But prices can go up for law full reasons, inflation, rising costs, scarcity like after the Japan quake. And they go down for lawful reasons, economies of scale, costs savings, buying in bulk. But what some companies do is lower prices so that no competitors can enter into a market or they'll raise them when they have a monopoly. And it enters into the unlawful area when companies start agreeing to move prices around. But whether they actually made an agreement? That's what the case is likely to turn on.

Perhaps it should cost more. Greater convenience. You can get it instantly online, no tax, no fuel to waste going to brick and mortar store, no book case needed, easier to transport....

I don't know about the U.S., but here in Canada, we are charged Tax for purchase made on iTunes. Also, ebook reading on an iPad is not the same as the real thing. Convenience is well and good, but it shouldn't be similarly priced.

Why does your ideology seems insane to me? There is no printing, shipping, and distribution price that the publisher has to cover save for maybe the upkeep of a server which I'm sure is what is covered in the percent that is taken when is sale is made. There is no work to transfer it to digital as most authors submit their work digitally anyway. I'm sorry but I don't get how you can ask them to charge more. There is zero reason. All of the money that they are saving because there is no actual book to make should mean that the product is cheaper.

Production costs have nothing to do with pricing; demand does. Just because x is cheaper to ptoduce than y doesn't mean x will sell for less.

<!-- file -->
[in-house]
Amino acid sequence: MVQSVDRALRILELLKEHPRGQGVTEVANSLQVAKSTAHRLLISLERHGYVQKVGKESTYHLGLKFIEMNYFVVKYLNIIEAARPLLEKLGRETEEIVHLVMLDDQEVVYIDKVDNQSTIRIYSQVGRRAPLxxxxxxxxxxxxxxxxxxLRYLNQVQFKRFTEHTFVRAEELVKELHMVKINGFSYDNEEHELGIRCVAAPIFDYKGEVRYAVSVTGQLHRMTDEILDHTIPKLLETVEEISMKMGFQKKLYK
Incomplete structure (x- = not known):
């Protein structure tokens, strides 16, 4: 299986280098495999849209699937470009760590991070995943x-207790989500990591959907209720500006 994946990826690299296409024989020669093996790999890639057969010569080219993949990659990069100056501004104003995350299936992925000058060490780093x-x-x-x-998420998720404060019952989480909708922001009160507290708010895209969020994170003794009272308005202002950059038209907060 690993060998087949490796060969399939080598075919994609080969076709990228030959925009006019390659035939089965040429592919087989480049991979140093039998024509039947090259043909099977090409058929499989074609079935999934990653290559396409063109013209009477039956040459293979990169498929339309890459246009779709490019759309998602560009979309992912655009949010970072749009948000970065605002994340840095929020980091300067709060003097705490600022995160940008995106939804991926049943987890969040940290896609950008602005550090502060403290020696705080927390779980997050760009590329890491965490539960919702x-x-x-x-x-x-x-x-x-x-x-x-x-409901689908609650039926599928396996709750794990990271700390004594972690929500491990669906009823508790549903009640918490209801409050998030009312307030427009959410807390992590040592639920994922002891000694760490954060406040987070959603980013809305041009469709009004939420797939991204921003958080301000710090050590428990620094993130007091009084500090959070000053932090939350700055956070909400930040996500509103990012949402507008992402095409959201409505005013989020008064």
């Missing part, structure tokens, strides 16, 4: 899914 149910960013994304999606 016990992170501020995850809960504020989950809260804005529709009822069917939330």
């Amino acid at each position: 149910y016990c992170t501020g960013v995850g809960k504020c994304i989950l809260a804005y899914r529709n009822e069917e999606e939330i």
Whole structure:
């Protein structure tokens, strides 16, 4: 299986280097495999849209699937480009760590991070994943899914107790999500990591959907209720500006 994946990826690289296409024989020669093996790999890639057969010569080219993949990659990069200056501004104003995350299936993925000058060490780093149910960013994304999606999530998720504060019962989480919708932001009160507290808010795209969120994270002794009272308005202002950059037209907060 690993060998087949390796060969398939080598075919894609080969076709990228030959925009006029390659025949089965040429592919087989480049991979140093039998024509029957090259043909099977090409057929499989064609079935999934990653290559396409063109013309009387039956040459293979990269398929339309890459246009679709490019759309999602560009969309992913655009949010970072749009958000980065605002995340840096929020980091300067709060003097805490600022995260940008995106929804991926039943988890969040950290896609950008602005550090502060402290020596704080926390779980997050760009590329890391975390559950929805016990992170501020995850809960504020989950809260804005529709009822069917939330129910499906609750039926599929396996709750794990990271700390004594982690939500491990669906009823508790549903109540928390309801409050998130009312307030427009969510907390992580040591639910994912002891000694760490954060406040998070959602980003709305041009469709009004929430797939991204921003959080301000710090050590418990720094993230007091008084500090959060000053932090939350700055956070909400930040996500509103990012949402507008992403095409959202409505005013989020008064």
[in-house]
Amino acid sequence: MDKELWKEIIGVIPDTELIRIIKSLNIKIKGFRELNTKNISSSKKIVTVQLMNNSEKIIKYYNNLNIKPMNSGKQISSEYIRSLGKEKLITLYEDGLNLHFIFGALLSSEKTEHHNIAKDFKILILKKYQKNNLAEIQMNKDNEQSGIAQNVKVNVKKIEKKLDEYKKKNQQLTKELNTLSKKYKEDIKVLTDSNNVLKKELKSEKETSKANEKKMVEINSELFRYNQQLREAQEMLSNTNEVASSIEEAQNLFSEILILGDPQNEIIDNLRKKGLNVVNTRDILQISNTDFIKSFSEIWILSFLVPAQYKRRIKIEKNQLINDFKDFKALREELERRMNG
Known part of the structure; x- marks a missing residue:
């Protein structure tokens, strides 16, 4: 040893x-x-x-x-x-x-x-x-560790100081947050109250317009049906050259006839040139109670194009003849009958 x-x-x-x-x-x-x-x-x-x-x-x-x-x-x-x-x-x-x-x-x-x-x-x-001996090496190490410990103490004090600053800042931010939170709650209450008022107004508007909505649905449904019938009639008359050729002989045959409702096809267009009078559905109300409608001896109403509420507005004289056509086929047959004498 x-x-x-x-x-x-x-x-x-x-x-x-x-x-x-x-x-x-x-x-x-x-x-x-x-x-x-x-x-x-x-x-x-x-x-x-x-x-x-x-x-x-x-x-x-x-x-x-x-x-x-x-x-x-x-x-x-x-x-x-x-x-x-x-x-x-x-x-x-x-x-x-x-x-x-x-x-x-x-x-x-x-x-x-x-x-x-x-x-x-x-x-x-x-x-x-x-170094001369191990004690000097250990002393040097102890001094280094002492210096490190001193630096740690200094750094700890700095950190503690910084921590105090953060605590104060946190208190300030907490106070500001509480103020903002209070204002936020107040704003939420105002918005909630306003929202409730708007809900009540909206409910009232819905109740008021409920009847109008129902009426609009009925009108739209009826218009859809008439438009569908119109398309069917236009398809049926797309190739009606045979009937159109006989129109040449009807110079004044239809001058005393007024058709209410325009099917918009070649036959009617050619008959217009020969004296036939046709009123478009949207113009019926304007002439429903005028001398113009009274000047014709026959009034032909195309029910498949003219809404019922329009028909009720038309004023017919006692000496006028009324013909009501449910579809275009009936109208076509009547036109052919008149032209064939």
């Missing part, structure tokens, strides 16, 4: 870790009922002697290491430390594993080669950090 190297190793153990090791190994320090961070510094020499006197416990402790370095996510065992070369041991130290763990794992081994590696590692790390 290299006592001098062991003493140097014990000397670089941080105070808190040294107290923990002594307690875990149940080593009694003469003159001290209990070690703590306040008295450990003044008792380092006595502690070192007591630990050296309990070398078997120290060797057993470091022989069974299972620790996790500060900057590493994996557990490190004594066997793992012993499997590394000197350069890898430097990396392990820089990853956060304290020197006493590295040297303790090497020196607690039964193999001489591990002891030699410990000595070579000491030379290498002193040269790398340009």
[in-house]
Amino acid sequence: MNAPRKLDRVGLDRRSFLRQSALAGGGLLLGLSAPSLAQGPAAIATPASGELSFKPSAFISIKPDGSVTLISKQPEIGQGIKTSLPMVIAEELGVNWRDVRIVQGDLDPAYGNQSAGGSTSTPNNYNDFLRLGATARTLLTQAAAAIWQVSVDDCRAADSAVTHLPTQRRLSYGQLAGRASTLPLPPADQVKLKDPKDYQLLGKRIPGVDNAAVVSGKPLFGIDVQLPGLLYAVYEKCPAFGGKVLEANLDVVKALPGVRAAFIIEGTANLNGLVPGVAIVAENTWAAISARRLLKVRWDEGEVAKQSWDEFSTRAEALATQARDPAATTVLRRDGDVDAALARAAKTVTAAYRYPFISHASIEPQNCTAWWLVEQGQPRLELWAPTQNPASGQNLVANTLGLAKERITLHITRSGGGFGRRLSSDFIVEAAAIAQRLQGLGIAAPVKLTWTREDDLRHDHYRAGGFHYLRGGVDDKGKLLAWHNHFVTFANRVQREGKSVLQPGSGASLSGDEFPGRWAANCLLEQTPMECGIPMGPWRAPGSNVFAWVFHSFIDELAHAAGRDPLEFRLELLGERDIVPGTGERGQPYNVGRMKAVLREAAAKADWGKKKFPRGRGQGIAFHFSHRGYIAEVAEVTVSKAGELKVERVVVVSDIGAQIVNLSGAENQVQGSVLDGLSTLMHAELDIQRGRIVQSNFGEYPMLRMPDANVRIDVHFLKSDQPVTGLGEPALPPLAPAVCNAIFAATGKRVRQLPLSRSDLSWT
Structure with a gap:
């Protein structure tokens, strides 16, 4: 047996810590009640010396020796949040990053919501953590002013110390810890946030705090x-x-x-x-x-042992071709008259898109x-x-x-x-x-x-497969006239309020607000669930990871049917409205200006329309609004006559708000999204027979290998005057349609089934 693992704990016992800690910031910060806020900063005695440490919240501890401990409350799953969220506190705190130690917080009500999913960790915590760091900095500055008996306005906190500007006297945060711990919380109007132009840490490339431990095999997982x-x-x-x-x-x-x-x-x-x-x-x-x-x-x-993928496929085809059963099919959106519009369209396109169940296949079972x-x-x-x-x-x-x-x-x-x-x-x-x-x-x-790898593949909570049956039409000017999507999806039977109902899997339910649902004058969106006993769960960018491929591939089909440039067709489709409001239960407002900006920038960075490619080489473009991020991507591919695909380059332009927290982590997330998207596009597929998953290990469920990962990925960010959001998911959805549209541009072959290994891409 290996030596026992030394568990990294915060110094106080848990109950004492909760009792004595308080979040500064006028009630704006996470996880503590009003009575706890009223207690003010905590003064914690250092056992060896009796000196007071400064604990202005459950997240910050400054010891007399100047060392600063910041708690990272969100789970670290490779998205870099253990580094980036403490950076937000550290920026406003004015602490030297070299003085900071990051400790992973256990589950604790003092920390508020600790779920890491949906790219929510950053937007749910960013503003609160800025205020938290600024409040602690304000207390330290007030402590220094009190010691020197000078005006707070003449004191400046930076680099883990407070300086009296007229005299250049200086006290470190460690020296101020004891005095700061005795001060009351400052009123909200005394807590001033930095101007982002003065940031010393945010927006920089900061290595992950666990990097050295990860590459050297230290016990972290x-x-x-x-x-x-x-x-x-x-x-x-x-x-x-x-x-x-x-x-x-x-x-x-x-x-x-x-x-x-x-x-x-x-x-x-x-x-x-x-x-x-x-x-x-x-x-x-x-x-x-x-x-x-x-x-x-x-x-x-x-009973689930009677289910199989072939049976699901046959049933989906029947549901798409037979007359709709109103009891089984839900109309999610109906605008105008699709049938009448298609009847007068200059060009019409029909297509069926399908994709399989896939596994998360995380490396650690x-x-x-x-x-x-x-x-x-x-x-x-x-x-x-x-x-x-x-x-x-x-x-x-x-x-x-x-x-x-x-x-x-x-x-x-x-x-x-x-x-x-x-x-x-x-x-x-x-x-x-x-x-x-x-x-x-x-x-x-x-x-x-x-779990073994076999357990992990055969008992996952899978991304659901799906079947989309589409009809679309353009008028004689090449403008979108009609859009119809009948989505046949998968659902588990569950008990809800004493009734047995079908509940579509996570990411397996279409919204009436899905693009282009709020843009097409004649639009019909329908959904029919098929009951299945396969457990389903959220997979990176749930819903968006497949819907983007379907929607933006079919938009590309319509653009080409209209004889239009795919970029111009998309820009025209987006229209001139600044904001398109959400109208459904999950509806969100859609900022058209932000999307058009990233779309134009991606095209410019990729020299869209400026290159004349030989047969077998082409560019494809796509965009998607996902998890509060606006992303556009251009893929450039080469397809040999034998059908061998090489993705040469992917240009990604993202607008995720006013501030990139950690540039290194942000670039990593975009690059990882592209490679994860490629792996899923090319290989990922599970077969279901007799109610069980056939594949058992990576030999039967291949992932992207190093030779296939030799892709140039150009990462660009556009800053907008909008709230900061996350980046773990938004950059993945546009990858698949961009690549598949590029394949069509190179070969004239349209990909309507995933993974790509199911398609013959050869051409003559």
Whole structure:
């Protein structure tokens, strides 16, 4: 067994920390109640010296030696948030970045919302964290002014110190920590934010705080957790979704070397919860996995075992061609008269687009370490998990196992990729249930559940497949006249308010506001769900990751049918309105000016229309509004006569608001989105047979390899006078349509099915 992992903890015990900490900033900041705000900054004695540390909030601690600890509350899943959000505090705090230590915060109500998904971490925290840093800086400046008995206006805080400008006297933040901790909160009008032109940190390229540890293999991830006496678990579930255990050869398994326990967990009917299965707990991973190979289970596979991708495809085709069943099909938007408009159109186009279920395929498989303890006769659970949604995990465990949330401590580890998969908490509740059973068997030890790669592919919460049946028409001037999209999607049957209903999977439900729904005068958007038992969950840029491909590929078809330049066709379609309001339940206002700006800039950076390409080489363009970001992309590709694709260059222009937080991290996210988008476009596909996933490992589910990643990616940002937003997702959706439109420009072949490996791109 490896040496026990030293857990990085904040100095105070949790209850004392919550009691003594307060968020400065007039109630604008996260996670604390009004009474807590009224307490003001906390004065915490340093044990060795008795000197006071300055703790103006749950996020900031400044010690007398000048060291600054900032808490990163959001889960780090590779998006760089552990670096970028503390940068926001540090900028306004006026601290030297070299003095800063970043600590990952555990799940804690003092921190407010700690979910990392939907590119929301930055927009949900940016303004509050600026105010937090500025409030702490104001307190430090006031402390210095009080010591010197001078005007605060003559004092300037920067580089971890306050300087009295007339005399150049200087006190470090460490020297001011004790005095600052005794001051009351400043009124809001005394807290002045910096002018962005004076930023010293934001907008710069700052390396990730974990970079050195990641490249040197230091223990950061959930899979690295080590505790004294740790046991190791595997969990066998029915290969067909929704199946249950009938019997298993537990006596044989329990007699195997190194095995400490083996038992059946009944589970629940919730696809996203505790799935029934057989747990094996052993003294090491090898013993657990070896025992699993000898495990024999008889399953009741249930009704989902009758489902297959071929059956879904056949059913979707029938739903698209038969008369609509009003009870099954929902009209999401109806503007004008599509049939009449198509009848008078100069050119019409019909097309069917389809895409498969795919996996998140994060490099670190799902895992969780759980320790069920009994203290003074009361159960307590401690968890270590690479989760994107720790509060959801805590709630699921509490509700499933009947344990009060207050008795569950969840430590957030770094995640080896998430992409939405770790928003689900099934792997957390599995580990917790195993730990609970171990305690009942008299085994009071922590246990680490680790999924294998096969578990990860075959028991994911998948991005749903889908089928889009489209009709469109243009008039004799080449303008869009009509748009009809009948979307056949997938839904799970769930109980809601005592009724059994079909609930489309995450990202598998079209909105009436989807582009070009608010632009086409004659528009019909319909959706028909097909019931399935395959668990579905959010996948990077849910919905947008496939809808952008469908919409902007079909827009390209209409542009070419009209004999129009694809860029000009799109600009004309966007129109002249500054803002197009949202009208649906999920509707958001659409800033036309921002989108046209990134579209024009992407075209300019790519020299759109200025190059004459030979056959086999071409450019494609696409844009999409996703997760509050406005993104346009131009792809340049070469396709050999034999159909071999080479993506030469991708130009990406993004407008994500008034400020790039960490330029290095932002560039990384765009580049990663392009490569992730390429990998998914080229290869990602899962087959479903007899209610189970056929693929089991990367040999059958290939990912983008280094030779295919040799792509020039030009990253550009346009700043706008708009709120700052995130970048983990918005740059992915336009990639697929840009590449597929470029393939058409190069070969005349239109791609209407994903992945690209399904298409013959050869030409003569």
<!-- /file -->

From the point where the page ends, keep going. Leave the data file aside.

Absurd. Production cost has more to do with pricing than demand, this isn't a concert ticket. Do the prices of books skyrocket once the title become very popular?

That's not strictly true. Yes, there is no cost for printing, storage, or distribution. The those are not the largest part of the price of publication. There are plenty of other costs that remain the same: the author, layout, photography (if needed), editing, etc. And, while authors do submit their work electronically, the format required for layout of a print book is very different from that required for any kind of electronic publication. So if the book is both printed and published electronically, the layout needs to be done twice.

should be noted this isn't about whether the price was too high or too low. It's about was an agreement made to set a price or terms for pricing. Not was that price gouging. In fact it would be a violation to merely agree to sell it for one penny or one million dollars each. They are both illegal because it's the agreement that's the big issue not the price. Big picture customers don't benefit from these agreements and that's why they are outlawed.

My god Rene, I don't think we usually see eye to eye but that last line nailed it! You forgot to mention cheese, eggs and milk, though, which are always at least 50%+ more than in the states (as is basically everything...).

Rene, I use the movie comparison all the time and I think it's a good one. I don't get why people will pay the price of a movie ticket without (much) complaint, for which they get 2ish hours of entertainment, yet complain if an ebook, which will entertain possibly for days (for some people weeks) and be around to access later is priced at $10-13.

I feel like it's a bad practice to use one bad price to justify another. That's why I still have a problem paying 3-4 USD per gallon of gas even though it's even worse in some other places. That doesn't make my price any better, it just means that I'm not alone. 12 dollars for a single ticket to see a movie is ridiculous, but it's a price that has to be paid to see it on a better screen, with better sound, the first day it is available. Paying that doesn't mean that you should be willing to pay 20 dollars for a loaf of bread "just because you pay too much for other things"